Israeli offensive on Rafah would break international law, UK minister says

Patrick Wintour

An Israeli military offensive on the city of Rafah would break international humanitarian law and not lead to the eradication of Hamas, Andrew Mitchell, the UK’s deputy foreign minister, said on Tuesday, but he held back from spelling out any planned British consequences if a full-scale invasion goes ahead.

The line, agreed with the US, is aimed at limiting the options of the Israeli government so that it will accept a version of the three-stage peace deal adopted by Hamas. The UK said its aim was to secure a permanent and sustained ceasefire, and the removal of Hamas from the future governance of Gaza.

The British statement that Israel has presented no credible plan for the invasion of Rafah in southern Gaza that complies with international humanitarian law follows a similar statement by the French foreign ministry on Monday. But Mitchell went further in saying such an invasion may end up strengthening, not weakening, Hamas.

Elsewhere in Europe, the EU foreign affairs chief, Josep Borrell, said: “The offensive on Rafah has resumed, despite all the demands of the international community, the United States, the member states of the European Union and all those who have asked Mr Netanyahu not to attack.

“Despite warnings and requests, the attack began at night. I fear that this is going to cause many civilian deaths again, whatever they say … because there are no safe areas in Gaza.” Borrell added: “There are 600,000 children in Gaza.”

He said he was still working on a proposal to pass sanctions or to curb the EU’s trade agreement with Israel. The Belgian prime minister, Alexander De Croo, said in a newspaper interview: “Can we continue with Israel as a trading partner? I don’t think so.”

America has asked its allies to hold off threatening Israel with any public consequences if it goes ahead with a full-scale attack on Rafah, arguing the priority for the next 48 hours was to coax Israel into accepting the ceasefire plan.

Mitchell twice referred to others in the Israeli government apart from the prime minister, Benjamin Netanyahu, suggesting western allies may still hope the crisis leads centrists, such as Benny Gantz, to break from Netanyahu. So far Gantz has called for the ceasefire talks to continue, but added that the proposal offered by Hamas “does not correspond to the dialogue that has taken place so far with the mediators and has significant gaps”.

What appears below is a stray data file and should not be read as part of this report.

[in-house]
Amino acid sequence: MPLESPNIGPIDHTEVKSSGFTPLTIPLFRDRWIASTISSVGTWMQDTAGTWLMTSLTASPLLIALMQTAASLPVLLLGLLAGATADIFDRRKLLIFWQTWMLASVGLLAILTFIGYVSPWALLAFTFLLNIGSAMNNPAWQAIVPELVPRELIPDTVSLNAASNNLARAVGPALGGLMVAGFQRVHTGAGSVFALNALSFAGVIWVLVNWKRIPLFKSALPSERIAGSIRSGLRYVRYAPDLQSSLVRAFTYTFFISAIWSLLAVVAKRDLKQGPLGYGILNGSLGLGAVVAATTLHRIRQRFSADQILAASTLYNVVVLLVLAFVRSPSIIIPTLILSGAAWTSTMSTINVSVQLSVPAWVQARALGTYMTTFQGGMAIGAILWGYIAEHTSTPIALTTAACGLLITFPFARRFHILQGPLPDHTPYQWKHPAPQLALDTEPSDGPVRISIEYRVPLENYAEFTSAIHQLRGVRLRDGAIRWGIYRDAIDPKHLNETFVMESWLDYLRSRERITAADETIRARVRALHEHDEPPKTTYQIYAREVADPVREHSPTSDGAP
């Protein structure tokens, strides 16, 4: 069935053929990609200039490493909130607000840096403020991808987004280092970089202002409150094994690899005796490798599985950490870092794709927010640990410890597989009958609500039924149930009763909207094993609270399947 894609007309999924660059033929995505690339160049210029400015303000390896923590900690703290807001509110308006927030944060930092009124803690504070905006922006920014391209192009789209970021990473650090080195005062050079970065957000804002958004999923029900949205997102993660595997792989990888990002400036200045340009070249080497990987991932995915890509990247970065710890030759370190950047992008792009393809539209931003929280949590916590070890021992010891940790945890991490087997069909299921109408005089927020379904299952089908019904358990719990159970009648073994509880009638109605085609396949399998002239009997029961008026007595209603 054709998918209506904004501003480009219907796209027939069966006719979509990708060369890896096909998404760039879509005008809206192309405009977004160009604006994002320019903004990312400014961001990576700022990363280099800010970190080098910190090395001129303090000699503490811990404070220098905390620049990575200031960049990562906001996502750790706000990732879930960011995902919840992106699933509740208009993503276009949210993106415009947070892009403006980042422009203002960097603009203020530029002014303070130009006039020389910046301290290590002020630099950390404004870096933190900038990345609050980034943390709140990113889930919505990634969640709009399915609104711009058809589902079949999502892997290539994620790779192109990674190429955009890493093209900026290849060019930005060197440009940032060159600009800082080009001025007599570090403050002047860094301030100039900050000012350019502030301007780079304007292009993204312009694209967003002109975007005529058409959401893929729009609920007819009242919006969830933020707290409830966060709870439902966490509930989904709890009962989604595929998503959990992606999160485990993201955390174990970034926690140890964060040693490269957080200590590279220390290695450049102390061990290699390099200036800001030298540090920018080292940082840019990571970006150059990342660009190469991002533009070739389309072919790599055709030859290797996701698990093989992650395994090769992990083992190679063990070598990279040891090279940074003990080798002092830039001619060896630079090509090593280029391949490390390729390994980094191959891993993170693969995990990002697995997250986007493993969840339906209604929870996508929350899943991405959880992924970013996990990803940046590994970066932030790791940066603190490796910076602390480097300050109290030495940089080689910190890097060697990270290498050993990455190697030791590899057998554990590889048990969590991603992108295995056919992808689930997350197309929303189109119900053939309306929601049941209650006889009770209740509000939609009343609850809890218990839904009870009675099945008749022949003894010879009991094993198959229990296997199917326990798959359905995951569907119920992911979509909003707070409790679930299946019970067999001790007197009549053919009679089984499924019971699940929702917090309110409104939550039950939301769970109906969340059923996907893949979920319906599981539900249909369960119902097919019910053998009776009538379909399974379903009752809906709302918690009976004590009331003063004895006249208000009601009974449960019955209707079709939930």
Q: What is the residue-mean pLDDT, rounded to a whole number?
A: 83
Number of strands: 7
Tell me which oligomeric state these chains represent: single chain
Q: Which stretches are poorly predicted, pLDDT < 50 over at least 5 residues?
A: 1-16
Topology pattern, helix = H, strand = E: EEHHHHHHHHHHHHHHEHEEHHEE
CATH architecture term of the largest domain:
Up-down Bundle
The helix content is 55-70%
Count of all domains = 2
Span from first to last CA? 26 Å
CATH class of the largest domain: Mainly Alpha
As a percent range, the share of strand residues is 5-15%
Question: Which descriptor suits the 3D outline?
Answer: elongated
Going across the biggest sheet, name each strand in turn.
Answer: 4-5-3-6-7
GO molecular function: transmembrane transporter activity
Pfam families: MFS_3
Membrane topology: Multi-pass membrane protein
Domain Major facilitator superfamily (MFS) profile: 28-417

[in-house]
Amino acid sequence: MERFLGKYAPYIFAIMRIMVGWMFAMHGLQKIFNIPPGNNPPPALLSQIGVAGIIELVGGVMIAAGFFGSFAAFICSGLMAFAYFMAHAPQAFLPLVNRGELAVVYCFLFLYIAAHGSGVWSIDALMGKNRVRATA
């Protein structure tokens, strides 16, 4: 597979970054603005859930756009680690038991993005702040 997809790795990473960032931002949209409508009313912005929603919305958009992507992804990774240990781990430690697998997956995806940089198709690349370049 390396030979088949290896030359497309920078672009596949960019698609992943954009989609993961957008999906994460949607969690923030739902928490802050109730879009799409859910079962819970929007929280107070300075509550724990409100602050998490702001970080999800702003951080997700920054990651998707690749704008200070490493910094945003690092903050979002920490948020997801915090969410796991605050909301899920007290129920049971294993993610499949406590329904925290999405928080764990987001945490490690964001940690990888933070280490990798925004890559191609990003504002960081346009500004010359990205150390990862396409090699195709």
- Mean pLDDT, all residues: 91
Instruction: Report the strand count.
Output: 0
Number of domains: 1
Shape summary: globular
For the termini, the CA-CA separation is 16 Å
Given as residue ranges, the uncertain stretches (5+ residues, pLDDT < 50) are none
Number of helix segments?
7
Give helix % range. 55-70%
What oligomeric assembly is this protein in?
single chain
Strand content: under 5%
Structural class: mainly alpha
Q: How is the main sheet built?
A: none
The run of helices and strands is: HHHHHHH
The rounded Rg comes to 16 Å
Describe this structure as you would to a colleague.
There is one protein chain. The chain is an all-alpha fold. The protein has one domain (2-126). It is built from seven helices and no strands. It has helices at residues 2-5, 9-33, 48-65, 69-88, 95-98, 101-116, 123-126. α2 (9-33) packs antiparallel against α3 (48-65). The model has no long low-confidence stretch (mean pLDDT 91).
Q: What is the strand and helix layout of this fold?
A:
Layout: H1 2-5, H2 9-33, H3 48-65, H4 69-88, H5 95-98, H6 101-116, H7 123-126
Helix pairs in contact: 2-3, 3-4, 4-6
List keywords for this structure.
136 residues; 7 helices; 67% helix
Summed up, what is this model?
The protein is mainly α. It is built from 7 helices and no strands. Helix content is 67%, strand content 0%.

Mitchell also implied that Hamas, in accepting a ceasefire deal, had not signed up to the same deal as Israel. He said: “A generous offer was on the table last week proposed by Egypt, accepted by Israel, and we need to see Hamas accept a viable deal, and we can start building the momentum towards a permanent sustained ceasefire.”

The sticking points in the talks are known to focus on the degree to which Israel can be committed to accepting that a temporary pause in the fighting will become a permanent cessation. The US said the text agreed by Hamas had only minor word changes from a version Israel had agreed.

The UN and Mitchell were unequivocal in their calls for Israel to end its renewed block on humanitarian aid. The UN secretary general, António Guterres, on Tuesday called for crossings into Gaza to be reopened immediately to allow in essential aid, and urged Israel to “stop any escalation” after it sent tanks into Rafah.

“Things are moving in the wrong direction. I am disturbed and distressed by the renewed military activity in Rafah by the Israel Defense Forces,” he said.

(Source: The Guardian)